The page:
People adhering to a gluten-free lifestyle must be on the lookout for gluten hiding in foods. For help in the palm of your hand, there are a wide variety of gluten-free apps available for your iPhone. Find Me Gluten Free finds and reviews local restaurants with gluten-free menus, Healthy Diet & Grocery Food Scanner allows you to enter foods you want to avoid and when you scan a package’s bar code, displays the ingredients, and flags those that are your do not eat list. Apps really come in handy when traveling, too – Gluten-Free Disney and Allergy Free Orlando help kids and parents (and grown-up kids) eat at the Happiest Place on Earth, and Is That Gluten Free? Eating Out lists gluten-free menu items at chain restaurants like Bonefish Grill and fast food restaurants like Wendy’s.

Tasty Gluten-Free Products

On a personal note, I am a gluten-free diet connoisseur, having started my gluten-free diet before the craze. Having suffered for years with constant stomachaches, I was finally diagnosed as gluten-intolerant (and had to eliminate dairy and eggs from my diet, too). I resigned as president of Team Food. I didn’t renew my subscriptions to Bon Appetite, Cooking Light, and Rachael Ray magazines and my cookbooks started to collect dust on my bookshelf. Since adjusting my diet, the number of products catering to gluten-free consumers has steadily increased and I find myself with many options to choose from. While gluten-free products won’t ever taste as good as the original, here is a list of some of my favorite products to try:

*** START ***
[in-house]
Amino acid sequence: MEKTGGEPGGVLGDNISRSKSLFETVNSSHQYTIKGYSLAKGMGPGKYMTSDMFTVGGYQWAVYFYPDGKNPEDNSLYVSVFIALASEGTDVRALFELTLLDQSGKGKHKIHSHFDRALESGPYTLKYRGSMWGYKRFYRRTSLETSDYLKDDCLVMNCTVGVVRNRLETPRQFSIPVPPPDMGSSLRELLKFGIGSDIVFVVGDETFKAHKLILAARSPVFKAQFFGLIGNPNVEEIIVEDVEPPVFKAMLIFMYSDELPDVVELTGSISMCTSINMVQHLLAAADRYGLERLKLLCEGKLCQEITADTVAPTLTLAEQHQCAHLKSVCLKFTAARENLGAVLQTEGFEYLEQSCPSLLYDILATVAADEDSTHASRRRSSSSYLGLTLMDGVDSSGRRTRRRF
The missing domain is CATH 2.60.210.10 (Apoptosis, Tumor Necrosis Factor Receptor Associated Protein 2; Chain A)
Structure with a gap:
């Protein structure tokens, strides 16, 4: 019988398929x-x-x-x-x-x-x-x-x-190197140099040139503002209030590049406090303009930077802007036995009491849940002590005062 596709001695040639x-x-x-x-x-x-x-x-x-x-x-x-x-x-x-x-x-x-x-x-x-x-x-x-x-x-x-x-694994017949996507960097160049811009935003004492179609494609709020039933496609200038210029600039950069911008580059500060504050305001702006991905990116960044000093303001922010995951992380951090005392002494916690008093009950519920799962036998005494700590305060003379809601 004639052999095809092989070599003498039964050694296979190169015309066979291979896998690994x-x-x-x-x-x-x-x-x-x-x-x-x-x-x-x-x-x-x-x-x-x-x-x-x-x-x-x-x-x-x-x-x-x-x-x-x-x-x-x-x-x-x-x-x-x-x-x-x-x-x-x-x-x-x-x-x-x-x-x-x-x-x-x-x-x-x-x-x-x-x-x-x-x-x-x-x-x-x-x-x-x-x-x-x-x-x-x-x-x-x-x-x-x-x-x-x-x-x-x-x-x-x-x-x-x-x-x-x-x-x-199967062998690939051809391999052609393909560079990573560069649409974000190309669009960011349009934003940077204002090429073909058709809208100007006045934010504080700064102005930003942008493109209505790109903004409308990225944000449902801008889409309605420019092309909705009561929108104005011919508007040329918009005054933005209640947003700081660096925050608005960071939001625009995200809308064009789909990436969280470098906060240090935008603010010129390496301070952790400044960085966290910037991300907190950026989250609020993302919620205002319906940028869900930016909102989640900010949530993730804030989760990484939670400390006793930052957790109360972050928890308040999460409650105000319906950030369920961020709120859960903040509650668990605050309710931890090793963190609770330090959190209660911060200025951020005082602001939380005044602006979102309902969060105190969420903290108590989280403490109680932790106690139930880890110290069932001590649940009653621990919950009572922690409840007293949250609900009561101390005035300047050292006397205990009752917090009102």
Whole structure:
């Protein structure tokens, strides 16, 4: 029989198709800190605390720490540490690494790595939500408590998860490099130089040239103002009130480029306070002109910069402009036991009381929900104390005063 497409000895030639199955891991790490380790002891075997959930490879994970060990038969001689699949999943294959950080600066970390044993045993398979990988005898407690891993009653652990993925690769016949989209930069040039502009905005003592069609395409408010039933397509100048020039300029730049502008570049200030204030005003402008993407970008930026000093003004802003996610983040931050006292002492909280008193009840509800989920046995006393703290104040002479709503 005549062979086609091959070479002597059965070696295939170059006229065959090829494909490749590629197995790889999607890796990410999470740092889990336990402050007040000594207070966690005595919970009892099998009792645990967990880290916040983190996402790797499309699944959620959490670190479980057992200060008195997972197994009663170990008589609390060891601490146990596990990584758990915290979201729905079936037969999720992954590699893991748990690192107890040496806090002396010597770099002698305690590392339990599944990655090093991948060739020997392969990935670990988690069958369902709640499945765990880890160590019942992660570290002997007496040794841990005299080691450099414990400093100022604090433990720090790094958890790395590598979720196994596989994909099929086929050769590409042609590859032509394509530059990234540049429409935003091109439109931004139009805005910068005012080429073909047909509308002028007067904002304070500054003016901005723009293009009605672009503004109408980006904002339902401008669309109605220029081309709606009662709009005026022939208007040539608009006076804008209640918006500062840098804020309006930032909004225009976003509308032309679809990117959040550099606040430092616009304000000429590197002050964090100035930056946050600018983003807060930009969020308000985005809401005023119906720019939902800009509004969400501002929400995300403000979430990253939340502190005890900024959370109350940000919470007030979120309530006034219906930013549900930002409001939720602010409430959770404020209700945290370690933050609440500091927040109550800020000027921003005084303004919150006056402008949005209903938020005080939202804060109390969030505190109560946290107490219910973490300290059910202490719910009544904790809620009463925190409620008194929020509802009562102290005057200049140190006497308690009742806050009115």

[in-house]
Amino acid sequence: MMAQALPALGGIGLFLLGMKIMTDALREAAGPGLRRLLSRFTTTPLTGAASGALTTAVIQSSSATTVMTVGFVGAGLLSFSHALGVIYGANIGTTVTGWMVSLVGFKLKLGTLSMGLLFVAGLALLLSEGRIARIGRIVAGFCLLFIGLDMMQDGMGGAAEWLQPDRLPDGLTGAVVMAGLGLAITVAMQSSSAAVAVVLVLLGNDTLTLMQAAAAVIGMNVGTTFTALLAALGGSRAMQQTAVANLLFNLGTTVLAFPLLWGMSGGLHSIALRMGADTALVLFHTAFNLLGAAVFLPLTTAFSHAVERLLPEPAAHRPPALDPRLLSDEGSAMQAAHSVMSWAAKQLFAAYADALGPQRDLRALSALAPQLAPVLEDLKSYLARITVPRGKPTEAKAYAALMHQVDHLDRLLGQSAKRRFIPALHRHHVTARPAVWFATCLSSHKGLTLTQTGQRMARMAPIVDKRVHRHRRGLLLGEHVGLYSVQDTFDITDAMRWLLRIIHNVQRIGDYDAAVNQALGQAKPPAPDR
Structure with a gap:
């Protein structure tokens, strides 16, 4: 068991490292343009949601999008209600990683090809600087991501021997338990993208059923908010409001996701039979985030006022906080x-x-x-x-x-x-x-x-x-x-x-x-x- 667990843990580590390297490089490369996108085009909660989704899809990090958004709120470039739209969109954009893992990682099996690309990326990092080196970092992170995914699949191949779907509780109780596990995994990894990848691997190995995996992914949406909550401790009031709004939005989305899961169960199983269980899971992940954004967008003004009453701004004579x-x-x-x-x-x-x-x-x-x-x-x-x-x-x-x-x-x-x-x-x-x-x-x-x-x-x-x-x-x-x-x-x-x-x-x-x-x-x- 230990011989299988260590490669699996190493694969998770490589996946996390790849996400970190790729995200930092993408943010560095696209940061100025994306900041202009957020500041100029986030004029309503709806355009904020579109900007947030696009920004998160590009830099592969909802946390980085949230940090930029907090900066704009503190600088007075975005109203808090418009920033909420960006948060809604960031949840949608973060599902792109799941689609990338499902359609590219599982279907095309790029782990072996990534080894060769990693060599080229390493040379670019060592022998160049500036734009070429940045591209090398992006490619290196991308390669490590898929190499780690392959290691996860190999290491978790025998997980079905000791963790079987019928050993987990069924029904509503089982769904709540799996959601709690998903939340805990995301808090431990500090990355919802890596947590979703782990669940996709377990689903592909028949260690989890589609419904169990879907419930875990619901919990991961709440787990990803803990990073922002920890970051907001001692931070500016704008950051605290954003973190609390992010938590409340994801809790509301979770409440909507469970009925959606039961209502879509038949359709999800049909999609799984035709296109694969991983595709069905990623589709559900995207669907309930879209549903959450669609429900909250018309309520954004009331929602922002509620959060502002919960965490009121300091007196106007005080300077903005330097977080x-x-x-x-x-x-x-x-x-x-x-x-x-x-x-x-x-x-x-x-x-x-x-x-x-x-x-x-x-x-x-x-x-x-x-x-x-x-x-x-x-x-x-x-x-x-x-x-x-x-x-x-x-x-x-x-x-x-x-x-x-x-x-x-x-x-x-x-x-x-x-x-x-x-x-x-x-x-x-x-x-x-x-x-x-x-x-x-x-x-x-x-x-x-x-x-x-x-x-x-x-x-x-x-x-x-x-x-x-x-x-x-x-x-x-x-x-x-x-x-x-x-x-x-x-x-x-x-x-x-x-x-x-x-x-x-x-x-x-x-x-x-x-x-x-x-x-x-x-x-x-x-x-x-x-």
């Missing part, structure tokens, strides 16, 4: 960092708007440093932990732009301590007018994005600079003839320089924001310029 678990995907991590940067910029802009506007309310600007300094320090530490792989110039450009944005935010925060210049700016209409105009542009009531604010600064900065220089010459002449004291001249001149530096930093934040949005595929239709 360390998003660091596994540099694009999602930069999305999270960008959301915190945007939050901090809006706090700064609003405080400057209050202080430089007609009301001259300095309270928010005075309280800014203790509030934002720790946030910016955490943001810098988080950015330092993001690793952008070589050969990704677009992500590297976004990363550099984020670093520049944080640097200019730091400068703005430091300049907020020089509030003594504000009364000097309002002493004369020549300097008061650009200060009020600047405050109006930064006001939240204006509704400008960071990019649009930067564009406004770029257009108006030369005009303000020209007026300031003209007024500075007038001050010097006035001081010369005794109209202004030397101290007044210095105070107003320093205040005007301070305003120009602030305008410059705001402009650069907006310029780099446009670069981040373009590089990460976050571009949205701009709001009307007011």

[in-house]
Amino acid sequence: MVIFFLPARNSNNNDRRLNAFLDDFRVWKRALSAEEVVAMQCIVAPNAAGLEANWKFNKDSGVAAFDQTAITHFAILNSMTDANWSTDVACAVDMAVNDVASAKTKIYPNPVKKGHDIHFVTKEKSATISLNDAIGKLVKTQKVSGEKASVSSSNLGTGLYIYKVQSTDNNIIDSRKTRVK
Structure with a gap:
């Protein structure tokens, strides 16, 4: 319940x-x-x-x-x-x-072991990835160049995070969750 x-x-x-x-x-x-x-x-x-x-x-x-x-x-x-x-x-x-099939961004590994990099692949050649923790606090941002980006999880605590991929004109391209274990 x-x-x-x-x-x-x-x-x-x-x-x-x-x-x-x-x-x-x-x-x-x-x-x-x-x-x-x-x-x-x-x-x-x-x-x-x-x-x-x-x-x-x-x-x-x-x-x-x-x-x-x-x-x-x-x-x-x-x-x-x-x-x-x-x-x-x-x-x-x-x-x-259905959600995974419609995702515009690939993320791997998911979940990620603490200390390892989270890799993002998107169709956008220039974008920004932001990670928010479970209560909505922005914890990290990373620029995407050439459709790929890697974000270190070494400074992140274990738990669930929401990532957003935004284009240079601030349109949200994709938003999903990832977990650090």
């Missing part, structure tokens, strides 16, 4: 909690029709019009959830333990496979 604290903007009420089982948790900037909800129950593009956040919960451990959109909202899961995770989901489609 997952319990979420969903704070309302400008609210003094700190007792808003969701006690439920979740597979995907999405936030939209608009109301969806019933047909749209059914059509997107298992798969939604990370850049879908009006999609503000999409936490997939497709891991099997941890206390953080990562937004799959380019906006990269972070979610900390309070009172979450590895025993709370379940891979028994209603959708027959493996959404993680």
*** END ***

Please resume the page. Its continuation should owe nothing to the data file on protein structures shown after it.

When it comes to baking, I need to be gluten-free and vegan, so finding yummy desserts can be challenging. BabyCakes is a vegan bakery in New York City that also has published several cookbooks, including BabyCakes Covers The Classics. For my birthday, my coworkers made the German Chocolate Cake – check it out on our Pinterest page. Not only does it look delicious, it was delicious (much to my coworkers surprise!)

What are your thoughts on the gluten-free craze?  Do you think it’s a fad or is it here to stay?

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At it’s core, social media is all about eyeballs – and knowing what resonates with your audience.